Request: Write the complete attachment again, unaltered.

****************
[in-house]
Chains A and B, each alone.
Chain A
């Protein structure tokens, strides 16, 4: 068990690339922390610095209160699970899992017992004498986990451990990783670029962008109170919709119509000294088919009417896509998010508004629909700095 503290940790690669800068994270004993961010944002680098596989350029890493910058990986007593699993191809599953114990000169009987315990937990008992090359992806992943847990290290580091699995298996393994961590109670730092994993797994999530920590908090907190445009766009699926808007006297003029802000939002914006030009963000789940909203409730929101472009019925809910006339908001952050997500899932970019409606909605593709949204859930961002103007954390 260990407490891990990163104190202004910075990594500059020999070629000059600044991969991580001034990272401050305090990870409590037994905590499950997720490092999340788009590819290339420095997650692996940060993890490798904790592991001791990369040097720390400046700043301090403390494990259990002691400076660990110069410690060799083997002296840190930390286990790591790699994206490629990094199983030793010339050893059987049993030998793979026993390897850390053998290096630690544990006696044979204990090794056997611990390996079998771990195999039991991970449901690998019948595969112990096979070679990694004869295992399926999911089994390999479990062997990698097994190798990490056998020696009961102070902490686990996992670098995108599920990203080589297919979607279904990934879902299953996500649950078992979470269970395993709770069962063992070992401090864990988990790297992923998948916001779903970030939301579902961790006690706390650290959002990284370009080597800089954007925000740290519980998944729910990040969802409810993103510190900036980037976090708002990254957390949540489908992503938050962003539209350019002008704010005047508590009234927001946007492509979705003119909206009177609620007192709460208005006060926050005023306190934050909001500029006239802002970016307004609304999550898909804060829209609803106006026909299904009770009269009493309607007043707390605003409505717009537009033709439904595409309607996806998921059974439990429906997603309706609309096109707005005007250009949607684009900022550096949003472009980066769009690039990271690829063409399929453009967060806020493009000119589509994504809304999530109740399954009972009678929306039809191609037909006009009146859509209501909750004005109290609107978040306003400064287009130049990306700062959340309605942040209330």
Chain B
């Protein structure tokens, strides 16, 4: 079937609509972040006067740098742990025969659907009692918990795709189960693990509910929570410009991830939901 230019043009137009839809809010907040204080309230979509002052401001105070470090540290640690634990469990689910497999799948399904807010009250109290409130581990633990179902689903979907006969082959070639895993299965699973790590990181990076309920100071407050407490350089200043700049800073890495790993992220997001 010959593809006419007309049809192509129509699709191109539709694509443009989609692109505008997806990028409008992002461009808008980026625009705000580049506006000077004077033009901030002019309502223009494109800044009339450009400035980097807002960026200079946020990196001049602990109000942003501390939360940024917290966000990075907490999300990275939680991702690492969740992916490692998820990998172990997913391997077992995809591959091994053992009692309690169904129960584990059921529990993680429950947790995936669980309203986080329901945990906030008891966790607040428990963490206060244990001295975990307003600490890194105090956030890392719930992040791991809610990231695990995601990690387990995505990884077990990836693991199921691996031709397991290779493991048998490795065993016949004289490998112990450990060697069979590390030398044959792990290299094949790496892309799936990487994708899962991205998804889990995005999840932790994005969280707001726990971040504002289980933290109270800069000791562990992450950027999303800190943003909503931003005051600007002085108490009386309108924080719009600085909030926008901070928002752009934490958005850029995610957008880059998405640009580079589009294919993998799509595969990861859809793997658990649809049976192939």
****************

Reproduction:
[in-house]
Chains A and B, each alone.
Chain A
């Protein structure tokens, strides 16, 4: 068990690339922390610095209160699970899992017992004498986990451990990783670029962008109170919709119509000294088919009417896509998010508004629909700095 503290940790690669800068994270004993961010944002680098596989350029890493910058990986007593699993191809599953114990000169009987315990937990008992090359992806992943847990290290580091699995298996393994961590109670730092994993797994999530920590908090907190445009766009699926808007006297003029802000939002914006030009963000789940909203409730929101472009019925809910006339908001952050997500899932970019409606909605593709949204859930961002103007954390 260990407490891990990163104190202004910075990594500059020999070629000059600044991969991580001034990272401050305090990870409590037994905590499950997720490092999340788009590819290339420095997650692996940060993890490798904790592991001791990369040097720390400046700043301090403390494990259990002691400076660990110069410690060799083997002296840190930390286990790591790699994206490629990094199983030793010339050893059987049993030998793979026993390897850390053998290096630690544990006696044979204990090794056997611990390996079998771990195999039991991970449901690998019948595969112990096979070679990694004869295992399926999911089994390999479990062997990698097994190798990490056998020696009961102070902490686990996992670098995108599920990203080589297919979607279904990934879902299953996500649950078992979470269970395993709770069962063992070992401090864990988990790297992923998948916001779903970030939301579902961790006690706390650290959002990284370009080597800089954007925000740290519980998944729910990040969802409810993103510190900036980037976090708002990254957390949540489908992503938050962003539209350019002008704010005047508590009234927001946007492509979705003119909206009177609620007192709460208005006060926050005023306190934050909001500029006239802002970016307004609304999550898909804060829209609803106006026909299904009770009269009493309607007043707390605003409505717009537009033709439904595409309607996806998921059974439990429906997603309706609309096109707005005007250009949607684009900022550096949003472009980066769009690039990271690829063409399929453009967060806020493009000119589509994504809304999530109740399954009972009678929306039809191609037909006009009146859509209501909750004005109290609107978040306003400064287009130049990306700062959340309605942040209330």
Chain B
């Protein structure tokens, strides 16, 4: 079937609509972040006067740098742990025969659907009692918990795709189960693990509910929570410009991830939901 230019043009137009839809809010907040204080309230979509002052401001105070470090540290640690634990469990689910497999799948399904807010009250109290409130581990633990179902689903979907006969082959070639895993299965699973790590990181990076309920100071407050407490350089200043700049800073890495790993992220997001 010959593809006419007309049809192509129509699709191109539709694509443009989609692109505008997806990028409008992002461009808008980026625009705000580049506006000077004077033009901030002019309502223009494109800044009339450009400035980097807002960026200079946020990196001049602990109000942003501390939360940024917290966000990075907490999300990275939680991702690492969740992916490692998820990998172990997913391997077992995809591959091994053992009692309690169904129960584990059921529990993680429950947790995936669980309203986080329901945990906030008891966790607040428990963490206060244990001295975990307003600490890194105090956030890392719930992040791991809610990231695990995601990690387990995505990884077990990836693991199921691996031709397991290779493991048998490795065993016949004289490998112990450990060697069979590390030398044959792990290299094949790496892309799936990487994708899962991205998804889990995005999840932790994005969280707001726990971040504002289980933290109270800069000791562990992450950027999303800190943003909503931003005051600007002085108490009386309108924080719009600085909030926008901070928002752009934490958005850029995610957008880059998405640009580079589009294919993998799509595969990861859809793997658990649809049976192939």